One suitable embodiment of the invention provides means for coupling therapeutic laser radiation into the illuminating ray path. In this connection, the real intermediate image plane is shifted within the illumination ray path to the place at which the filament of the illuminating lamp is located during ordinary use of the instrument as an operation microscope or as a stereo ophthalmoscope. Within this plane there also lies the exit pupil of the laser radiation which is to be focused in the object and focal planes of the microscope for therapeutic purposes. The instrument is so constructed that by the placing on of a prepared double collector with incandescent bulb, a real image of the filament of the lamp is superimposed on the said intermediate image plane of the laser-light coupling.
In order to compensate for ametropias when giving laser treatment to the eyes of a patient, it is advisable, in accordance with refractometer principles, to provide in the illumination and laser ray paths an optical shift member which is moved synchronously with the internal focusing of the microscope, so that the intermediate image plane and the laser focus plane are always identical.
The advantages resulting from the present invention include, especially, the fact that the user has a single instrument for work on the cornea, the eye lens, or the retina, which instrument will provide, for all of these locations of work, a stereoscopic, erect, and laterally correct image, with a fully illuminated field of view. Another important advantage is that, due to the reflection-free observation of an ophthalmoscopic intermediate image, it is unnecessary for the eye which is to be operated upon to be contacted by an auxiliary optical means, such as a contact lens, in order to eliminate the refractive power of the cornea.
In the accompanying drawings, which illustrate schematically a preferred embodiment of the invention:
FIG. 1 is a diagram showing the apparatus of the invention in the working position for use as a microscope;
FIG. 2 is a diagram showing the apparatus in the working position for use as an ophthalmoscope;
FIG. 3 is a view similar to FIG. 2 with the addition of laser coupling means; and
FIG. 4 shows a prism arrangement for lateral interchange of the pupils.
Referring first to FIG. 1, there is shown here a schematic diagram of the apparatus of the invention in the working position of an operation microscope, for examination of or surgery upon the external media of the eye. The eye of the patient is shown at 1, and the eye of the observer at 2. The observation ray path extends from the eye 1 of the patient, via the deflection elements 3 and 4, to the main objective 5 of the operation microscope, then through a conventional known optical system 6 of variable back focus and focal length, and along the ray path indicated at 35, via the deflecting elements 7, 8, 9, and 10, to a prism arrangement 11 for the interchange of the pupils, and thence to the conventional binocular viewing tube 33 of the operation microscope, and to the two eyes of the observer using the instrument. Only one eye of the observer is shown at 2, the second being hidden behind the one shown, in this direction of viewing, as well understood by those familiar with binocular viewing devices.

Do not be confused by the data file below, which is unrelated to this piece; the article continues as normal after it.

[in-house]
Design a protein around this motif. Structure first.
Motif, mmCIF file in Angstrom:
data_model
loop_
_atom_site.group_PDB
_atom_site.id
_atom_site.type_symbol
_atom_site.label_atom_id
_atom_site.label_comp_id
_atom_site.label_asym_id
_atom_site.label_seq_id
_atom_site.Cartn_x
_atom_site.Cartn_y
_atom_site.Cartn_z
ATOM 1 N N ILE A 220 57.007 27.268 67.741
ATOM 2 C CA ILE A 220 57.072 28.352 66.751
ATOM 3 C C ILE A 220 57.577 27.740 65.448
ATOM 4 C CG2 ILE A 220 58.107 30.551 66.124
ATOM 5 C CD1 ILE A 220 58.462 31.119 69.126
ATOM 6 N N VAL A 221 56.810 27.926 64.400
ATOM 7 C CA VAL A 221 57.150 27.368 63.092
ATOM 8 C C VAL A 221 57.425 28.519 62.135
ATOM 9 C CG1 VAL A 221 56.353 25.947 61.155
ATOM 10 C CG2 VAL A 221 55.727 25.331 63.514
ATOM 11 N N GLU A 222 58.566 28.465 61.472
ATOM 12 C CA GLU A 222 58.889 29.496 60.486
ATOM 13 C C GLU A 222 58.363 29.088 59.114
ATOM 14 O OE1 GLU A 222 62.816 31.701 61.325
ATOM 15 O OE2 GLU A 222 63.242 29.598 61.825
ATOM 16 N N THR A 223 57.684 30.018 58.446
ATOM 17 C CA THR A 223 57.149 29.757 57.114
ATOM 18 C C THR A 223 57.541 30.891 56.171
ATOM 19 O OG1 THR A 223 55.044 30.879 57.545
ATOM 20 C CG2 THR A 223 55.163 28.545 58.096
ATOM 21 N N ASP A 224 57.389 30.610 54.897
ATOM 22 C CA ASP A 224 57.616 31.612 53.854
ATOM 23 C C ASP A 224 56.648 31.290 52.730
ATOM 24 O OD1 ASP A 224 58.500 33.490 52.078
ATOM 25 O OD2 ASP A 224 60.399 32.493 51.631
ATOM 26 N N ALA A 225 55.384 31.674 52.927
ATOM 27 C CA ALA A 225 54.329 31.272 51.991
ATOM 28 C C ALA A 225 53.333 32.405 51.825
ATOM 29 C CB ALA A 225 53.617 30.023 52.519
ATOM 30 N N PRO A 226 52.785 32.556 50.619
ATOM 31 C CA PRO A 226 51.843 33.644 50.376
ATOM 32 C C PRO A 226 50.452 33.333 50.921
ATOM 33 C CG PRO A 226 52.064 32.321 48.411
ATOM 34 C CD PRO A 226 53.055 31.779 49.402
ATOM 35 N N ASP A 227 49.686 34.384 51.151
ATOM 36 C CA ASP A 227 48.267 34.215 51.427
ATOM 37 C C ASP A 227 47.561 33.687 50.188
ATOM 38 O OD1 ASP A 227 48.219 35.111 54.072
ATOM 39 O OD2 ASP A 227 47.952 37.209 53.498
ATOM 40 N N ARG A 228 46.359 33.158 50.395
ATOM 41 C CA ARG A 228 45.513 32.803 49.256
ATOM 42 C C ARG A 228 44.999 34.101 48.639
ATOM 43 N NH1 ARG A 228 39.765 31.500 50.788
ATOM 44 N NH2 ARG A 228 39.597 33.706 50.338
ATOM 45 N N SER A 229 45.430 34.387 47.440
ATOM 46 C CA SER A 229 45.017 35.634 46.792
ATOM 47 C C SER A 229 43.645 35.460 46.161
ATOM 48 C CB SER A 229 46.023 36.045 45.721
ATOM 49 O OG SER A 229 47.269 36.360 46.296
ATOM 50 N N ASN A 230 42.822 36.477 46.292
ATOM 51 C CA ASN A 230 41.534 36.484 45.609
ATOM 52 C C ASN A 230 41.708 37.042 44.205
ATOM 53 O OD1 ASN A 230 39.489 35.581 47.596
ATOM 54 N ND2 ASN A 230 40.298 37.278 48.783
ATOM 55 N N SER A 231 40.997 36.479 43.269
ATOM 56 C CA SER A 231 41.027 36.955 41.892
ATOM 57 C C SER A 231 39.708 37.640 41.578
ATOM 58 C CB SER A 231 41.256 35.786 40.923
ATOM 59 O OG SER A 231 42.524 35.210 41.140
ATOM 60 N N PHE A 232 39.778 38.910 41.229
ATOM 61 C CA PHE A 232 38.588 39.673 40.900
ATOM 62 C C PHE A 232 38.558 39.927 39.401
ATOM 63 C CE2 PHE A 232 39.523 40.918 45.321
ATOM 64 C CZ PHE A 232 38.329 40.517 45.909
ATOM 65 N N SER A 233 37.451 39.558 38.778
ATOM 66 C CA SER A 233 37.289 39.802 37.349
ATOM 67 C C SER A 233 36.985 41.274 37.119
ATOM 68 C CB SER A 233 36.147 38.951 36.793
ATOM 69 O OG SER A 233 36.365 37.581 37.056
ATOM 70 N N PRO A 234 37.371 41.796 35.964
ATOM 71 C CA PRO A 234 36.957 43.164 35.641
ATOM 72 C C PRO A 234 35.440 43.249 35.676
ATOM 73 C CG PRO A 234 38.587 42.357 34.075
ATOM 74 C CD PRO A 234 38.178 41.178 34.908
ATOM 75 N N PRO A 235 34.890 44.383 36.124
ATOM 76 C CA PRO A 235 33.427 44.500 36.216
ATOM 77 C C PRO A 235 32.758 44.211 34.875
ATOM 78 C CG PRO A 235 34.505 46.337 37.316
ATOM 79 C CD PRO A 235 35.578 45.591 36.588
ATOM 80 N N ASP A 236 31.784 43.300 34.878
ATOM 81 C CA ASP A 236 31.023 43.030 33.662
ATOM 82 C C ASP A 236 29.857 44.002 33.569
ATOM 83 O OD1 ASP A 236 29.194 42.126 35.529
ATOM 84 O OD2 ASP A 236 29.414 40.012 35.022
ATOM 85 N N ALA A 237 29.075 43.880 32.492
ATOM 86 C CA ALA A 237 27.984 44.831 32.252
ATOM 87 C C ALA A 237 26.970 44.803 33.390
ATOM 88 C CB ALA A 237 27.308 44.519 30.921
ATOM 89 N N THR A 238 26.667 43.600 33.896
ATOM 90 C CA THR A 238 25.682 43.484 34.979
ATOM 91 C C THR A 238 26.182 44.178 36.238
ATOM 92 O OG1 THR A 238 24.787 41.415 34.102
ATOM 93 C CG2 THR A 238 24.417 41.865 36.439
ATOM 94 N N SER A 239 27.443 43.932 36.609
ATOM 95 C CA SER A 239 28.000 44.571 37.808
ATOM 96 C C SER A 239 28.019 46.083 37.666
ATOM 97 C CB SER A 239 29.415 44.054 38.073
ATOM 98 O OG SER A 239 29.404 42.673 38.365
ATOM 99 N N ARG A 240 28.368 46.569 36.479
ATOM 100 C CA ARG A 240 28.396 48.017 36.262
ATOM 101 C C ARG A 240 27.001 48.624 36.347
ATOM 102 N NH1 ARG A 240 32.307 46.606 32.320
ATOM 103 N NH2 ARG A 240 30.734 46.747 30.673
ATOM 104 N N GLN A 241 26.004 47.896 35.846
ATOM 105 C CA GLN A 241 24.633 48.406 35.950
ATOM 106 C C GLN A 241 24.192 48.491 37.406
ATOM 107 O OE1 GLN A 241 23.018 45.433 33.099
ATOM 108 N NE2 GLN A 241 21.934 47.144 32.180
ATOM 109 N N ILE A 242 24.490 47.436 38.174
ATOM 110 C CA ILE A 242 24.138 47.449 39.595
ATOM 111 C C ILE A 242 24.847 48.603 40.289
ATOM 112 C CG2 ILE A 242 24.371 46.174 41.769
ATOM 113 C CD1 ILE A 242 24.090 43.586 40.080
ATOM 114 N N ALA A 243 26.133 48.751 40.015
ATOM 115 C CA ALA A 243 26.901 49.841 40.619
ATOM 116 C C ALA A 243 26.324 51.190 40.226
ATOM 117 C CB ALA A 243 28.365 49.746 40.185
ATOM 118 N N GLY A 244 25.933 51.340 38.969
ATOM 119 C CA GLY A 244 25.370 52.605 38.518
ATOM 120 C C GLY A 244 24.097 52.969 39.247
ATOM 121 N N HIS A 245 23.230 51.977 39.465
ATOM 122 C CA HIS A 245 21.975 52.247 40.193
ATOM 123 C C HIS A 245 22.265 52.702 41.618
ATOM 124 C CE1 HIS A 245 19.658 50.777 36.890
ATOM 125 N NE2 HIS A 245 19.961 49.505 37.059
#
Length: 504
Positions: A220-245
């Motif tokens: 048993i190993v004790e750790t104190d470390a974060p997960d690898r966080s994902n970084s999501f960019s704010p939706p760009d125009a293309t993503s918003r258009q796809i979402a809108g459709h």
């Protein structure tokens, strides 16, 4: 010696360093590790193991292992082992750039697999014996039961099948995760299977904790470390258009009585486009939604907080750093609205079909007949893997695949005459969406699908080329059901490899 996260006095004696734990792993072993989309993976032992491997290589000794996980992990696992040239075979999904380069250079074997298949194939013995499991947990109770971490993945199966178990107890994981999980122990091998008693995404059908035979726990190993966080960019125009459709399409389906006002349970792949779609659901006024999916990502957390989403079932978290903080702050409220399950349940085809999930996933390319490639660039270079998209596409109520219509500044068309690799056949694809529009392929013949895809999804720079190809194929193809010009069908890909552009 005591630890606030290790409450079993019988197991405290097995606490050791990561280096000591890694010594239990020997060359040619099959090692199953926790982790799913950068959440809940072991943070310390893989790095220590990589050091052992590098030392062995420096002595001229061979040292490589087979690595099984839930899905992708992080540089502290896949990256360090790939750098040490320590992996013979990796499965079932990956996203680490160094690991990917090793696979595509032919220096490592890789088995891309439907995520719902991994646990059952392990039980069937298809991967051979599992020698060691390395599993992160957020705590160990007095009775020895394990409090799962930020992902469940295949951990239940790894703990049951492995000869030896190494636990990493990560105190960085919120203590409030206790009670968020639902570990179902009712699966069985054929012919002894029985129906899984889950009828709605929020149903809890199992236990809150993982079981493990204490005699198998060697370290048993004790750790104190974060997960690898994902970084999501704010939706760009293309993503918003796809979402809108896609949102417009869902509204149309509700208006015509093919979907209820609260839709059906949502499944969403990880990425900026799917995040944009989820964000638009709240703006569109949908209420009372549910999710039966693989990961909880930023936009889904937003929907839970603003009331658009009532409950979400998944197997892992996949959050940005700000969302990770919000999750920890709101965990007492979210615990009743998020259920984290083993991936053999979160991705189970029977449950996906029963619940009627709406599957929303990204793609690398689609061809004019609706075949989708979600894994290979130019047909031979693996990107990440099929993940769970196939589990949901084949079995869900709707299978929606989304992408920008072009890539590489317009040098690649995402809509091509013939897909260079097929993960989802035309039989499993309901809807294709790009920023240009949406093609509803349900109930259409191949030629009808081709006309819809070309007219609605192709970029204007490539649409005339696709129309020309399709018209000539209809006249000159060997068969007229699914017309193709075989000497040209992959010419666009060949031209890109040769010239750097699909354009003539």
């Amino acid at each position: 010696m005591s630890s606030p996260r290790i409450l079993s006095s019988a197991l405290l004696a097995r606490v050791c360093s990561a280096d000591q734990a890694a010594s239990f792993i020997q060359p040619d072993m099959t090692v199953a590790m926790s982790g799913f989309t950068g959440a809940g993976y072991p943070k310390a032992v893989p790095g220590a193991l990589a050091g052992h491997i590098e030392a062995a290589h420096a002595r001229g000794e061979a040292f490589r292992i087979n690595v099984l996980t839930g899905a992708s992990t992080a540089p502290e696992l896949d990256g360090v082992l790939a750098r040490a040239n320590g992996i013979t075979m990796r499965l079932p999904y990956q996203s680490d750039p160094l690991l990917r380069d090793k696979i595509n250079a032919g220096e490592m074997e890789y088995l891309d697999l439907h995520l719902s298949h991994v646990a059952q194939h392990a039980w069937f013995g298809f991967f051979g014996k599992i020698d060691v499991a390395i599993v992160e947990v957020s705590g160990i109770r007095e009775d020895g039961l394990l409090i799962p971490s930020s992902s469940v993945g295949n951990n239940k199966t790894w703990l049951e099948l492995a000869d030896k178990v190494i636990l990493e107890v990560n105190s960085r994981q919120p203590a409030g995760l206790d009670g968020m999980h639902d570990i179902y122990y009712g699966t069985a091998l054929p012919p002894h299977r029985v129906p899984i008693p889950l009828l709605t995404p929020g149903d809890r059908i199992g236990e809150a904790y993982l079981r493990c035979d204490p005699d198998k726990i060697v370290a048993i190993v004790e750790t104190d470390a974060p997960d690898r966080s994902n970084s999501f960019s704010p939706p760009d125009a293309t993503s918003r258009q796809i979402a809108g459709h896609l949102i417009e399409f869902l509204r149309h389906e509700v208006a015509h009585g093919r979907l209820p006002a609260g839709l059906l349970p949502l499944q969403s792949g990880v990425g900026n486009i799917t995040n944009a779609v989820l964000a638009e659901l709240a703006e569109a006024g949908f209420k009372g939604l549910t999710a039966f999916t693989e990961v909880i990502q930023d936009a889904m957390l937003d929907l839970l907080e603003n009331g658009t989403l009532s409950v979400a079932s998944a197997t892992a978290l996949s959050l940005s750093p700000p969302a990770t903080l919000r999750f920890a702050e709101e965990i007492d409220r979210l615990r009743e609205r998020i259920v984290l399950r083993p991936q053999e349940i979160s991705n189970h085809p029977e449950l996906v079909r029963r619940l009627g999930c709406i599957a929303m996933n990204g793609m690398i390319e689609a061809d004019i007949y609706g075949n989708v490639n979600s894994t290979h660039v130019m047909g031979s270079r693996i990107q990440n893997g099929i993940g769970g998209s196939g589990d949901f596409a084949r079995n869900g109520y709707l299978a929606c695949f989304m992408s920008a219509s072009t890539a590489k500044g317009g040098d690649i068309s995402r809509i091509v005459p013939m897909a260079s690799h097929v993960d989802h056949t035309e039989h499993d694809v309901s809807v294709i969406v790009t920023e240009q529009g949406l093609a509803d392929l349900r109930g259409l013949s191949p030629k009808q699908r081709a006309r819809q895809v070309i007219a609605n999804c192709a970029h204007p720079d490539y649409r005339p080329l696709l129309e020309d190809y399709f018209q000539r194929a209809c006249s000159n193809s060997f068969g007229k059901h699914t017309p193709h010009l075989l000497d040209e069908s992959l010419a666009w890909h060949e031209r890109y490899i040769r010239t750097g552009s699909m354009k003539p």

In the observation ray path, between the eye 1 of the patient and the reflecting element 3, there is placed the ophthalmoscope objective 15. This is an achromatic aspherical ophthalmoscopic objective having a focal length of f=25.7 mm. When the device is used for examining the external media of the eye (the mode illustrated in FIG. 1) it is positioned so that the ophthalmoscope objective 15 is spaced a distance of from 2f to 3f from the eye, as indicated by the numerical notation in FIG. 1. At the distance of 2f from the eye, it is possible, with slight pancratic magnification and thus with large depth of field, to view in its entirety the complete region from the retina up to the iris of the patient, even without actuation of the internal focusing mechanism.